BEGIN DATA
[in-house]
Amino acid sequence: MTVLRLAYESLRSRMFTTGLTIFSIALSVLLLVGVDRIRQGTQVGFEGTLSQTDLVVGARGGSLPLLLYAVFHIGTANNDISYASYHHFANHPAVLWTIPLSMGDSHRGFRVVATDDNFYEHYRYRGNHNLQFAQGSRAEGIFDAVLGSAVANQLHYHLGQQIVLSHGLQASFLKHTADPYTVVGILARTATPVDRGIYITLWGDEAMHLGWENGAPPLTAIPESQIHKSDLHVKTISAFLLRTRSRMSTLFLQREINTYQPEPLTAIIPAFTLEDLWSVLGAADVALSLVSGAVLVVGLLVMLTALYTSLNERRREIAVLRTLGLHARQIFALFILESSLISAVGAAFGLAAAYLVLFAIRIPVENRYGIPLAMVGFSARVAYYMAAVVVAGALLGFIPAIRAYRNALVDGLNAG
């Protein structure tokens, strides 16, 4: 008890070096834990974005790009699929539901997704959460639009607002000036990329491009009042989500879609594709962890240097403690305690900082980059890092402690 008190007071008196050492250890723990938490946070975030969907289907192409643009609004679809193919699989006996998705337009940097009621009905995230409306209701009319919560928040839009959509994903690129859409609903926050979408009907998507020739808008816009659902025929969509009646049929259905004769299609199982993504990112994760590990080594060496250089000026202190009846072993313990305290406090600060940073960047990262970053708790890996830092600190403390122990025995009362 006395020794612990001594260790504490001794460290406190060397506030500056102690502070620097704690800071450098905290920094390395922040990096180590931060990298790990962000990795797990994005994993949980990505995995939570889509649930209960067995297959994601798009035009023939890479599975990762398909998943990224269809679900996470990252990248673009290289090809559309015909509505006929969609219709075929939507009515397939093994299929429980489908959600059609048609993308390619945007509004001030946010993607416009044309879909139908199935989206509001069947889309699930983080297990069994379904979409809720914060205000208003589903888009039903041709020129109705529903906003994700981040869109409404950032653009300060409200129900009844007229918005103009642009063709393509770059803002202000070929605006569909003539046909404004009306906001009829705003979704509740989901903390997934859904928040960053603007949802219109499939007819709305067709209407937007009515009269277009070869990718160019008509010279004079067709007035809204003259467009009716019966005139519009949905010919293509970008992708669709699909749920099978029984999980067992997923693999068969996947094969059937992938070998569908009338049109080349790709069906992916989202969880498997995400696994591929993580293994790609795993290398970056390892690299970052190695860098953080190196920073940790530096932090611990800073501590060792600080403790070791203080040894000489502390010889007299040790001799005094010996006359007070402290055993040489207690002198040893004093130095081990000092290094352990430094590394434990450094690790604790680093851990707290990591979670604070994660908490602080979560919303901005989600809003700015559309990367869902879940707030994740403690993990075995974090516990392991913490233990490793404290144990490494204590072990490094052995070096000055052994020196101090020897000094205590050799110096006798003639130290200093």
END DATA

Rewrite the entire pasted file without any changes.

[in-house]
Amino acid sequence: MTVLRLAYESLRSRMFTTGLTIFSIALSVLLLVGVDRIRQGTQVGFEGTLSQTDLVVGARGGSLPLLLYAVFHIGTANNDISYASYHHFANHPAVLWTIPLSMGDSHRGFRVVATDDNFYEHYRYRGNHNLQFAQGSRAEGIFDAVLGSAVANQLHYHLGQQIVLSHGLQASFLKHTADPYTVVGILARTATPVDRGIYITLWGDEAMHLGWENGAPPLTAIPESQIHKSDLHVKTISAFLLRTRSRMSTLFLQREINTYQPEPLTAIIPAFTLEDLWSVLGAADVALSLVSGAVLVVGLLVMLTALYTSLNERRREIAVLRTLGLHARQIFALFILESSLISAVGAAFGLAAAYLVLFAIRIPVENRYGIPLAMVGFSARVAYYMAAVVVAGALLGFIPAIRAYRNALVDGLNAG
């Protein structure tokens, strides 16, 4: 008890070096834990974005790009699929539901997704959460639009607002000036990329491009009042989500879609594709962890240097403690305690900082980059890092402690 008190007071008196050492250890723990938490946070975030969907289907192409643009609004679809193919699989006996998705337009940097009621009905995230409306209701009319919560928040839009959509994903690129859409609903926050979408009907998507020739808008816009659902025929969509009646049929259905004769299609199982993504990112994760590990080594060496250089000026202190009846072993313990305290406090600060940073960047990262970053708790890996830092600190403390122990025995009362 006395020794612990001594260790504490001794460290406190060397506030500056102690502070620097704690800071450098905290920094390395922040990096180590931060990298790990962000990795797990994005994993949980990505995995939570889509649930209960067995297959994601798009035009023939890479599975990762398909998943990224269809679900996470990252990248673009290289090809559309015909509505006929969609219709075929939507009515397939093994299929429980489908959600059609048609993308390619945007509004001030946010993607416009044309879909139908199935989206509001069947889309699930983080297990069994379904979409809720914060205000208003589903888009039903041709020129109705529903906003994700981040869109409404950032653009300060409200129900009844007229918005103009642009063709393509770059803002202000070929605006569909003539046909404004009306906001009829705003979704509740989901903390997934859904928040960053603007949802219109499939007819709305067709209407937007009515009269277009070869990718160019008509010279004079067709007035809204003259467009009716019966005139519009949905010919293509970008992708669709699909749920099978029984999980067992997923693999068969996947094969059937992938070998569908009338049109080349790709069906992916989202969880498997995400696994591929993580293994790609795993290398970056390892690299970052190695860098953080190196920073940790530096932090611990800073501590060792600080403790070791203080040894000489502390010889007299040790001799005094010996006359007070402290055993040489207690002198040893004093130095081990000092290094352990430094590394434990450094690790604790680093851990707290990591979670604070994660908490602080979560919303901005989600809003700015559309990367869902879940707030994740403690993990075995974090516990392991913490233990490793404290144990490494204590072990490094052995070096000055052994020196101090020897000094205590050799110096006798003639130290200093």